Why I hate the word “hustle”

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The “hustle” culture demands sheer hardwork and cultivates a simplistic and often dangerous notion of success.

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The word “hustle” is tempting. If it had taken human form, it’d be the coolest jock propped against the locker at the end of the hallway — zippy, high-octane, always-moving, the coolest person in school. And chipper high schooler you, you long for a nod. A smile, dare you.

You want its affirmation more than you care to admit. Because when you hustle, you feel good. And when you hustle hard, you feel like a superhero.

But only after a short while.

After some “cutting through the bullshit” and “just putting in the work,” you find yourself in a vapid cycle of stress, fatigue, and producing inferior work.

(I speak from experience.)

It’s not surprising. Hustling demands an exorbitant amount of hard work and focus, and too little of actual thinking. I don’t know how it got here, but the idea of “hustle” — or at least the culture around it — posits that if only you work from 5 A.M. through 1 A.M. the next day, every day for an indefinite amount of time, you’d be the next Gary Vaynerchuk.

Sorry to say this, but you won’t.

If you think battering your body by working 20-hour workdays will make your creative business successful, it’s time to pull your head out of the sand.

If it looks easy from the outside, it’s because of the amalgam of crazy and genius that Gary and other “master entrepreneurs” bear. No sane person is going to subject themselves to Gary’s extremes, because, well, they are not Gary Vaynerchuk.

And one thing is for sure: it’s criminal to attribute Gary and other experts’ successes to merely powering through workweeks. Because hey, if it were that simple, the poor fella next door juggling three jobs would have been out of that hole faster than I could finish this paragraph.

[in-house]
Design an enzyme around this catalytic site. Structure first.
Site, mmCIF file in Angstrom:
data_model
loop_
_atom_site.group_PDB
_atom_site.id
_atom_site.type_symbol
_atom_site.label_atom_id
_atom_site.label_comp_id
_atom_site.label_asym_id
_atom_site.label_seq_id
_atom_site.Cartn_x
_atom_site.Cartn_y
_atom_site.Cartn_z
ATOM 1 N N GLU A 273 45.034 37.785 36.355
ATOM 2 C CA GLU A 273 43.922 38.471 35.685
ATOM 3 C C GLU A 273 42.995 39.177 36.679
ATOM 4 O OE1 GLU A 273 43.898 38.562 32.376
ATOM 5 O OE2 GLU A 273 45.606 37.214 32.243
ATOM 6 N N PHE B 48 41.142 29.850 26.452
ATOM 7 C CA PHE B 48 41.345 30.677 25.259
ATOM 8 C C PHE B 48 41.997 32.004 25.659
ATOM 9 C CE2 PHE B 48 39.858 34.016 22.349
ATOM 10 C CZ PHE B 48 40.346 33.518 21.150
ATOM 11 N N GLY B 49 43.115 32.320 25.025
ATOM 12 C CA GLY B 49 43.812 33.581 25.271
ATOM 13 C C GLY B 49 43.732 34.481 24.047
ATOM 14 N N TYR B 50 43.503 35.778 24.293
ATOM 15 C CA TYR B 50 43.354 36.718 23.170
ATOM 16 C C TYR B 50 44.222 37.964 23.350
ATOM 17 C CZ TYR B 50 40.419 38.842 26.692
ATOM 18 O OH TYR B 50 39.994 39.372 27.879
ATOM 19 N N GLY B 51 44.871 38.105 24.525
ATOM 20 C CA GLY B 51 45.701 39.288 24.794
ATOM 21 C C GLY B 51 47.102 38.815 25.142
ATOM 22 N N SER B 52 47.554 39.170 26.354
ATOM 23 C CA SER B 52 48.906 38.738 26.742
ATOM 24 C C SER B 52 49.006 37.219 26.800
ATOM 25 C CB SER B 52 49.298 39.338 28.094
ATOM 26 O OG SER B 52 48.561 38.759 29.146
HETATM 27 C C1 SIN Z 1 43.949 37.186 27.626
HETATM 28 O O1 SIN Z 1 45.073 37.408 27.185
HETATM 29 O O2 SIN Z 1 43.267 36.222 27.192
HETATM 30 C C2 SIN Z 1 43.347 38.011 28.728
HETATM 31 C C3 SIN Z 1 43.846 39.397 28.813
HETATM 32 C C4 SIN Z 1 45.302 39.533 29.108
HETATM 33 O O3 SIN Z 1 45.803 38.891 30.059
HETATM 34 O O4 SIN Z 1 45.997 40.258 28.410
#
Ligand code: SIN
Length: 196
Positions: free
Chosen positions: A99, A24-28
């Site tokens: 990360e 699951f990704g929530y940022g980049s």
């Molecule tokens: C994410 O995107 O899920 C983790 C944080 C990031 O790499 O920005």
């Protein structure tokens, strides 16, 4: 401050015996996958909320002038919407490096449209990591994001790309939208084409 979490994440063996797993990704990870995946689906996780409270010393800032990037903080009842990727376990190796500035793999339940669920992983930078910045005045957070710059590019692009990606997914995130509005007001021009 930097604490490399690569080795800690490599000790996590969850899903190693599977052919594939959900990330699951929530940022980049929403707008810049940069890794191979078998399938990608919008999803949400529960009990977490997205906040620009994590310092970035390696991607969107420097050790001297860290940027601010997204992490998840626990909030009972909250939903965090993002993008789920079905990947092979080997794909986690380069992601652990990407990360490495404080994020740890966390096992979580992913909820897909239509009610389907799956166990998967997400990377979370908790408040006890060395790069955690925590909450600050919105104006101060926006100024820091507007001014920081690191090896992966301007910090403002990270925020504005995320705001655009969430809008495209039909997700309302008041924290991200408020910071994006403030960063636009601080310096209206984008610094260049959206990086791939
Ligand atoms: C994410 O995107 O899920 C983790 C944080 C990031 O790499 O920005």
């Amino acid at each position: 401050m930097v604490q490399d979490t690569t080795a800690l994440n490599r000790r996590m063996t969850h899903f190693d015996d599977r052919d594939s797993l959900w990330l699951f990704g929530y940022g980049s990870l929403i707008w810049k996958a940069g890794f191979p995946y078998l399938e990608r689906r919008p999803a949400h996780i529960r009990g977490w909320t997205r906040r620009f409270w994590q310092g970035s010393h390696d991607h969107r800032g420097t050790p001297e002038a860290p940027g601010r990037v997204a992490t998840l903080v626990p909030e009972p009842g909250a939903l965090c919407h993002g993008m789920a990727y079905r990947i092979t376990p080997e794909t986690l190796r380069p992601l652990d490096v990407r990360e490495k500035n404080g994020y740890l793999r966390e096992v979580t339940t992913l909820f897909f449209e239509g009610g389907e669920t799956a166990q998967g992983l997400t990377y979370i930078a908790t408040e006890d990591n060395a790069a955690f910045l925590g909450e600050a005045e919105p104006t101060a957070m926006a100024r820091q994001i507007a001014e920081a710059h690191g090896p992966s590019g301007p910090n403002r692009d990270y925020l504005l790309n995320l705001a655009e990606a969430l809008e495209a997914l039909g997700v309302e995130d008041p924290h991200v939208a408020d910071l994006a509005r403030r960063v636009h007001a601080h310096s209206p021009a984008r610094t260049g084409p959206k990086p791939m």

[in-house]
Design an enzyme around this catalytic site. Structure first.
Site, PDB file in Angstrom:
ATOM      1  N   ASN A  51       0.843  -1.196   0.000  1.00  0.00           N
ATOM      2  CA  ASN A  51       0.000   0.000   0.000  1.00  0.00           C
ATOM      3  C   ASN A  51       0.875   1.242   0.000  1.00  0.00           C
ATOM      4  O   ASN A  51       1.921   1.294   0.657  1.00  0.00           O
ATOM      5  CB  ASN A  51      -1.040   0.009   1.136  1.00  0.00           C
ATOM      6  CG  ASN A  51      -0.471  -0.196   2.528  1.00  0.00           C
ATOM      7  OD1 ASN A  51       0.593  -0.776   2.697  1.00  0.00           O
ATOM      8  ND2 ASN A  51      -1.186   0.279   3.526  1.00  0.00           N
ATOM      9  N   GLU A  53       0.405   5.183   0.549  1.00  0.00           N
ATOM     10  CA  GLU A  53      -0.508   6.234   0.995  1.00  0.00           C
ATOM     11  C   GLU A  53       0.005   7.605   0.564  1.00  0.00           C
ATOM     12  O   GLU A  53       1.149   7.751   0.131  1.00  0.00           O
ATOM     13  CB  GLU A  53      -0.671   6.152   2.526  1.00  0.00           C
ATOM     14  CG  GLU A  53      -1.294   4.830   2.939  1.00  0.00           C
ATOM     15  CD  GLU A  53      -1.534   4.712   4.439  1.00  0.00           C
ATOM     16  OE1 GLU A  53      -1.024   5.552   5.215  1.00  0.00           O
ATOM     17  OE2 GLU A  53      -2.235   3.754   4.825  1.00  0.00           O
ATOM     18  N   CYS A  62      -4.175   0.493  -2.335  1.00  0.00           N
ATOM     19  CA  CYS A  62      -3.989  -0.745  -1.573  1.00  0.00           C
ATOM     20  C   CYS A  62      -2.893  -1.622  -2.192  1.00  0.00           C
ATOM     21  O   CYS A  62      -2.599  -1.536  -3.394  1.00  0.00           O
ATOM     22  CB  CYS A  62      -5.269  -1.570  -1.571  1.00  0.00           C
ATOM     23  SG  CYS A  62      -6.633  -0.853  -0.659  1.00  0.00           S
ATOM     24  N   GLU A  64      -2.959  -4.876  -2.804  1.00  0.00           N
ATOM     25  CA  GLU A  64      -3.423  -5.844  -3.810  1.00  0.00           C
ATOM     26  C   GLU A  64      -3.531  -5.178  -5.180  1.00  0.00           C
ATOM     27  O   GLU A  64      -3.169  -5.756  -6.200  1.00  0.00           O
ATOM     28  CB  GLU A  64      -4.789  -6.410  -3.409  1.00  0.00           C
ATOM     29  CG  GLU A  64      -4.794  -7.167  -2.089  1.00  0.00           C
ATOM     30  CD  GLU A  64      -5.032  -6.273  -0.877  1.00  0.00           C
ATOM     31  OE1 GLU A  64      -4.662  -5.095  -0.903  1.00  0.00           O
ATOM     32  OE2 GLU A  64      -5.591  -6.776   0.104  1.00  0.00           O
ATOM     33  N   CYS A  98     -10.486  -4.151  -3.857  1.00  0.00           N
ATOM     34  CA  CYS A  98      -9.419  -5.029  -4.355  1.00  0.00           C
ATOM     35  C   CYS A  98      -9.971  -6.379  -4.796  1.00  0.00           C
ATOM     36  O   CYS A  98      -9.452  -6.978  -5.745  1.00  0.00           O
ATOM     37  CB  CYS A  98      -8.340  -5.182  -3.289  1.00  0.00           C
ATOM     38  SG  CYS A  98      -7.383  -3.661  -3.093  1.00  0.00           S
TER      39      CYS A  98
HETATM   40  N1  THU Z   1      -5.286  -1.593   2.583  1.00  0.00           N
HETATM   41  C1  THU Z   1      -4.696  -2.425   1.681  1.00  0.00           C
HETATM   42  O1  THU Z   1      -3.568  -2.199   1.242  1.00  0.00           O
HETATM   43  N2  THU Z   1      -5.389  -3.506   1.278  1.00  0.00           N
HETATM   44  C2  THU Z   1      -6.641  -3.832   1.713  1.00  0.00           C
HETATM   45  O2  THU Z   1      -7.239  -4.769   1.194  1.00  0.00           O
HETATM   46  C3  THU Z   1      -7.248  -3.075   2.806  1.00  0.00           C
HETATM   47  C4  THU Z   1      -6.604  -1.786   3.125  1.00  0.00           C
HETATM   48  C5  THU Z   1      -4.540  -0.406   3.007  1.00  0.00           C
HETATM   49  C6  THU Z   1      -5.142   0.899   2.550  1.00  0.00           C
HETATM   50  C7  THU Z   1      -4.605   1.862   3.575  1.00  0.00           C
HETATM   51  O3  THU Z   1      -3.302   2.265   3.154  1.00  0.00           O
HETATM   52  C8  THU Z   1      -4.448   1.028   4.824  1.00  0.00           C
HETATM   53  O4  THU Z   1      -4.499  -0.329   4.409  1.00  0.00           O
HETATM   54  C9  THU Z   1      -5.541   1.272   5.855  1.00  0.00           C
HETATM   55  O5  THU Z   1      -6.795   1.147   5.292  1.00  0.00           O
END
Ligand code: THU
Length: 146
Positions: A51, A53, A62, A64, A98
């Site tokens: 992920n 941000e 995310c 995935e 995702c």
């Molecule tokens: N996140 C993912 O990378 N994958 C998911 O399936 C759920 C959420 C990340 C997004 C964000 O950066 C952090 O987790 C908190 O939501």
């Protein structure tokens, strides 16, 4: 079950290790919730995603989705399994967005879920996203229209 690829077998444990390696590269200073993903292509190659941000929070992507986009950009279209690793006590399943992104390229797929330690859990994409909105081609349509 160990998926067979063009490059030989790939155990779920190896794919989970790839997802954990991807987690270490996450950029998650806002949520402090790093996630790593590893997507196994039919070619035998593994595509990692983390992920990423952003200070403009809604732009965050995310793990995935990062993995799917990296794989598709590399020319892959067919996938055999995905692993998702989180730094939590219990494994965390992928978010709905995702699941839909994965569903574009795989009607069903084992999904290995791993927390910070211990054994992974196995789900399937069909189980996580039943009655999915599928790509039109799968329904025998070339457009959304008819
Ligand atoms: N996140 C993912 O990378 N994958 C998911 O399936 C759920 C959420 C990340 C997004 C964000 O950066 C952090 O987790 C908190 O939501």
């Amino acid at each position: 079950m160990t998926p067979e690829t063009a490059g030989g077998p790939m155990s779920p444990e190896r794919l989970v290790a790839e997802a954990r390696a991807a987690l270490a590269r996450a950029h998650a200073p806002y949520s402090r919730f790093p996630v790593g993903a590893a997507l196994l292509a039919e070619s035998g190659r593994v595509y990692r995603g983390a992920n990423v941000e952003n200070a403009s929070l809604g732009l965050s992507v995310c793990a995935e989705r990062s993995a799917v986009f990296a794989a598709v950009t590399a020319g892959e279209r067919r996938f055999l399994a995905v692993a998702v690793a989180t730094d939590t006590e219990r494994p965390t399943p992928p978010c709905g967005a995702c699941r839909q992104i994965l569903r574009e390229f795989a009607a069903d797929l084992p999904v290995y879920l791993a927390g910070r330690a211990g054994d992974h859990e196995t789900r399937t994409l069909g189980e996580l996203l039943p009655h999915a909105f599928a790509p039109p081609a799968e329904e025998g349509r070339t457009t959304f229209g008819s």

This grossly simplified notion of attaining success is mainly the reason why I hate today’s “hustle” culture — though, admittedly, I was quick to subscribe to it once. It’s dangerous, bringing a falsehood to our work that success is all but a big, elaborate pissing contest in which whoever puts more work wins.

If you come out of Gary’s “Ask Gary Vee Show” or “Daily Vee” videos with this misinformed takeaway, you’re missing Gary’s point. There’s heaps of invaluable information seeded across his — and others’ — content, and boy, he himself is pissed that either:

  1. People don’t take action because they’re lazy, or
  2. People take action without the golden bits of information that he’d just shared.

In either scenario, you don’t win. And I sympathize with Gary, as someone whose vocation it has been to help people, that when your audience doesn’t win, you lose too.

Further, the “hustle” culture shoots you up the moon. It gives a begrudgingly myopic view of what success is all about.

I’m sorry to bring those on the moon back to earth, but there are only so many people who enter entrepreneurism with a true hunger for changing the world — or at least to the extremes of startup founders and entrepreneurs. Many of us are happy to do gratifying work by solving problems for a certain audience.

In short, many of us are happy with simply sustaining a fulfilling creative and professional life. Even shorter, you should define your success. Not a bunch of KPIs (unless it’s for when you report at the end of a campaign).

I know. It barely sounds heroic or selfless, but as a solopreneur like myself, I’d rather you focus your attention on building a better business than a bigger one.

You don’t have to rack up millions in revenue to lead a lucrative, successful, and fulfilling creative life. Sure, you might need to hustle. But if you do, don’t be so phased by its culture, but by its idea — which is not about working harder at all, but about working at your smartest.

Good luck!

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